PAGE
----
Kosovo became the second Muslim-majority country to endorse the International Holocaust Remembrance Alliance’s (IHRA), an intergovernmental organization, definition of anti-Semitism, joining 43 other countries.
The southeastern European country passed the resolution on adopting the definition defined by the IHRA on Thursday, June 8.
The decision was announced on Twitter by the country’s Charge d’Affairs to Israel, Ines Demiri.
The IHRA is the only intergovernmental organization mandated to focus solely on Holocaust-related issues, and has defined antisemitism as a “certain perception of Jews,” including rhetorical and physical hatred towards Jews.
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“Antisemitism is a certain perception of Jews, which may be expressed as hatred toward Jews. Rhetorical and physical manifestations of antisemitism are directed toward Jewish or non-Jewish individuals and/or their property, toward Jewish community institutions and religious facilities,” to the IHRA website.
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Israel’s ambassador to Kosovo Tammy Ziv thanked the parliament for the decision in a Twitter post, sharing the country’s commitment, “to bringing our two countries and people closer.”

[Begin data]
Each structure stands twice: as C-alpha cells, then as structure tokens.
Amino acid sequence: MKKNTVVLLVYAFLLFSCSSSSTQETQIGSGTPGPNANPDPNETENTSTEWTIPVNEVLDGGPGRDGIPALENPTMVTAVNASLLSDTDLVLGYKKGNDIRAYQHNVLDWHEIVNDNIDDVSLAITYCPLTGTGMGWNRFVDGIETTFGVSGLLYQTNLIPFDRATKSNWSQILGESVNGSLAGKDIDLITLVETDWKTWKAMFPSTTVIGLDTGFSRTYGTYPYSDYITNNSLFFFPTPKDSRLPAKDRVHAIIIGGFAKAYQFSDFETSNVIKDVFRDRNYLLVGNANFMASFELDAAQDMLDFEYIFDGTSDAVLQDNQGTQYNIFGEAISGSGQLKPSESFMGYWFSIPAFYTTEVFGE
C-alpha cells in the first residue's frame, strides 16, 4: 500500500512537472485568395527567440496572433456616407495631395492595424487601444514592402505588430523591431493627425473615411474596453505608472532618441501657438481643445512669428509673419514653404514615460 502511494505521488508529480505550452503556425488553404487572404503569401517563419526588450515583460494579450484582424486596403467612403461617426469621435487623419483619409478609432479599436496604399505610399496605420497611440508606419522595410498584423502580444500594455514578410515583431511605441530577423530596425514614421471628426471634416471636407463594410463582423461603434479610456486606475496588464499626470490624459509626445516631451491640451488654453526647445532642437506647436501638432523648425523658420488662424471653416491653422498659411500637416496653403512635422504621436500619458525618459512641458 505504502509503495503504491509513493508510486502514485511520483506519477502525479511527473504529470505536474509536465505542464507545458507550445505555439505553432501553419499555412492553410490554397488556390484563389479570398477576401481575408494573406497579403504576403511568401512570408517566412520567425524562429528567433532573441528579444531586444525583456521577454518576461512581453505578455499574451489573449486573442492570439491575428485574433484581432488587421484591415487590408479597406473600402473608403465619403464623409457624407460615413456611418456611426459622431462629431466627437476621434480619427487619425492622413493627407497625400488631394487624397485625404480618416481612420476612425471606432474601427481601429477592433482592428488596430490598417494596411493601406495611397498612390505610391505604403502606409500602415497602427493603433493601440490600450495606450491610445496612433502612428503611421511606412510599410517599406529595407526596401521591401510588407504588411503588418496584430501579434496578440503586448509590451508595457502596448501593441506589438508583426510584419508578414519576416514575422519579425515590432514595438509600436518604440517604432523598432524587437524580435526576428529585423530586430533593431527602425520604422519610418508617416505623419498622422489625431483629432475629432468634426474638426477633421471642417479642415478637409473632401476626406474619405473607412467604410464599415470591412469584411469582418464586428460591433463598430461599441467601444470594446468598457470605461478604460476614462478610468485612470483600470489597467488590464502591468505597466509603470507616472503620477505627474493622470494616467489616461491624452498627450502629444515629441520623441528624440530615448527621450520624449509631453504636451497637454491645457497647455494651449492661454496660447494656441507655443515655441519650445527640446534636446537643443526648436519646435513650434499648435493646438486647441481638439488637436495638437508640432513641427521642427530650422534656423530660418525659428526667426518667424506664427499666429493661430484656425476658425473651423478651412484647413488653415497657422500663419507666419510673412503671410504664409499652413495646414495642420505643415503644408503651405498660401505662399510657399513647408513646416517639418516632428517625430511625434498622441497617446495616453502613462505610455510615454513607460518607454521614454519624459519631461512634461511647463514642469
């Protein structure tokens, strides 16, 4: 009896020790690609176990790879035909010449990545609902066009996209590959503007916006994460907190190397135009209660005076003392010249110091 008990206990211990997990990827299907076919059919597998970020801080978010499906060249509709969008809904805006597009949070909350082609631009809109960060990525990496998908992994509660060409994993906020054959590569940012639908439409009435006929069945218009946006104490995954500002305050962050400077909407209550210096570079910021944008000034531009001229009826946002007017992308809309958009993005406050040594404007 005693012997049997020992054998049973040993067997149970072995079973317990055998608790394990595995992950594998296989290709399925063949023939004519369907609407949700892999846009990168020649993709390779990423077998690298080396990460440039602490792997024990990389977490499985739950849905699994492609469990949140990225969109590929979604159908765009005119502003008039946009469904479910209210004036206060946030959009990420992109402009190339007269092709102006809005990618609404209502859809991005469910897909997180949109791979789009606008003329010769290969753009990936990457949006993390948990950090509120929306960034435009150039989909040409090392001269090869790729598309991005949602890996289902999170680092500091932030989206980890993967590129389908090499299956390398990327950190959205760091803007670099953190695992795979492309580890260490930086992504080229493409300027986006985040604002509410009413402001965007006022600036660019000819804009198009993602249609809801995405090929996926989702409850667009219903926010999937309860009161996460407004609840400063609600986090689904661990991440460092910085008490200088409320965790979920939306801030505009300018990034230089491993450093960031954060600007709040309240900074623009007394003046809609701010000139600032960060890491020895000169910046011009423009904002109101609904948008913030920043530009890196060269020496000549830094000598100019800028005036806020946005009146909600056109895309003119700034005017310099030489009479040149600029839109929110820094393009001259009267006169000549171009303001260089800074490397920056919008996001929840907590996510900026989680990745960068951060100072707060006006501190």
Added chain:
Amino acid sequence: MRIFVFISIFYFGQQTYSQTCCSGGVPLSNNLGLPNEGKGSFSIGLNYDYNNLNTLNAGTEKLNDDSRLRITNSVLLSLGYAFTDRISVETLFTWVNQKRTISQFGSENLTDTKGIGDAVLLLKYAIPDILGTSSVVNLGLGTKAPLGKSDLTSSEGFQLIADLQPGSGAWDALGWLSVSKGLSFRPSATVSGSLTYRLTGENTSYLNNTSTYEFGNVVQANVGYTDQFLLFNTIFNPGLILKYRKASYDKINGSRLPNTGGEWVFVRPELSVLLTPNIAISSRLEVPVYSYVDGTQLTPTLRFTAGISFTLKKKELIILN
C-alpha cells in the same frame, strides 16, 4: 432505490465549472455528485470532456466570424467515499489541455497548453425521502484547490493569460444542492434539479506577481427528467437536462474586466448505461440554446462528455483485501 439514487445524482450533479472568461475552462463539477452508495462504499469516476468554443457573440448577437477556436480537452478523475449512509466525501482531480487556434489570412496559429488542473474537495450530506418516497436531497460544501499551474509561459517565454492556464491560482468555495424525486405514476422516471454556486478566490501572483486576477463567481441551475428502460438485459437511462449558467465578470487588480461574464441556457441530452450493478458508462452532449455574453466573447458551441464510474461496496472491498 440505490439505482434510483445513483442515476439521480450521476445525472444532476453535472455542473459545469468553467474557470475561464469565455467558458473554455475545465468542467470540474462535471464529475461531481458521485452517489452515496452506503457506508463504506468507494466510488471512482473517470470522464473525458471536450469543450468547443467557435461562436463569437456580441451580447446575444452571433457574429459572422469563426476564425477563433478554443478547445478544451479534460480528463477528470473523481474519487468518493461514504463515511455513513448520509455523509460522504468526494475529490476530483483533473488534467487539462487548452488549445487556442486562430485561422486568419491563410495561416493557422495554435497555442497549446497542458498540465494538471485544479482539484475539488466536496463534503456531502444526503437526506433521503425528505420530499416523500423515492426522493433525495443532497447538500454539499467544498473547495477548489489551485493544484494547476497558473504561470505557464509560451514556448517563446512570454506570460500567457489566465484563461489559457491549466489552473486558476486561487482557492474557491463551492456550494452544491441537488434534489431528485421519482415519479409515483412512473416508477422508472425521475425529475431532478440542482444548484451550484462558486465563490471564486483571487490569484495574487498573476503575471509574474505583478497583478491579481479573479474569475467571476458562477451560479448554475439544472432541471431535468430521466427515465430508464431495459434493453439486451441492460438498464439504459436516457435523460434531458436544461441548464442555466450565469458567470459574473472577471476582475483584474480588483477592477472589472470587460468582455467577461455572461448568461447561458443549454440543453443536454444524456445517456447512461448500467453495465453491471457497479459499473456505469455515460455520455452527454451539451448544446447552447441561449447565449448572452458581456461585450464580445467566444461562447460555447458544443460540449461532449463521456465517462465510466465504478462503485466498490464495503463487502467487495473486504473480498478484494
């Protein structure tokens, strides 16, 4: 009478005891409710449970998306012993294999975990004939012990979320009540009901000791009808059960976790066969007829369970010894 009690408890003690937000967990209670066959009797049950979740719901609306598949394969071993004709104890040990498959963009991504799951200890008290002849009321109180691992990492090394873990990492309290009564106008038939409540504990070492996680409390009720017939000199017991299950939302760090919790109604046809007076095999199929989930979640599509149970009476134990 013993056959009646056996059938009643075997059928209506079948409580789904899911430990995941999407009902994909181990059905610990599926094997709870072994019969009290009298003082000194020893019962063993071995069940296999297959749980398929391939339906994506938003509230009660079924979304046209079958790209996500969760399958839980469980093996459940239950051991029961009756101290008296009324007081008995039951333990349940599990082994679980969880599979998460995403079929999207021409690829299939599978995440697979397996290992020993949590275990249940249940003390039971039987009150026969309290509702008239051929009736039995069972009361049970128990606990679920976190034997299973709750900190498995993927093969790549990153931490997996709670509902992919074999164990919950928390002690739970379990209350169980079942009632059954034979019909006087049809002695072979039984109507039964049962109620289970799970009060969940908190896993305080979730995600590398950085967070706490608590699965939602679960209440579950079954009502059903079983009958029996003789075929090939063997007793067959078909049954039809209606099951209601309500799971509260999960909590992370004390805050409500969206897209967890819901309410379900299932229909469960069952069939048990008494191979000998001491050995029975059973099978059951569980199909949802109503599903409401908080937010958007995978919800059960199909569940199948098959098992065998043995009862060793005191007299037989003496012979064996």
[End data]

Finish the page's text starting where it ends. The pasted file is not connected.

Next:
“I want to thank the 79 MPs of all ruling and opposition parties in the Assembly of the Republic of Kosova who today unanimously voted and adopted the IHRA’s working definition of antisemitism. We remain committed to bringing our two countries and people closer,” Ziv said in a Twitter post.
In March 2021, Kosovo further built it’s relationship with Israel when the country opened an embassy to Israel in Jerusalem. The move was controversial, since it was the first European country to establish an embassy in the disputed city whose status is at the core of the Israeli-Palestinian conflict.
Demiri championed the effort, saying in a Twitter post that it was the “greatest honor” of her life. Korovo followed the United States and Guatemala in opening embassies in Jerusalem.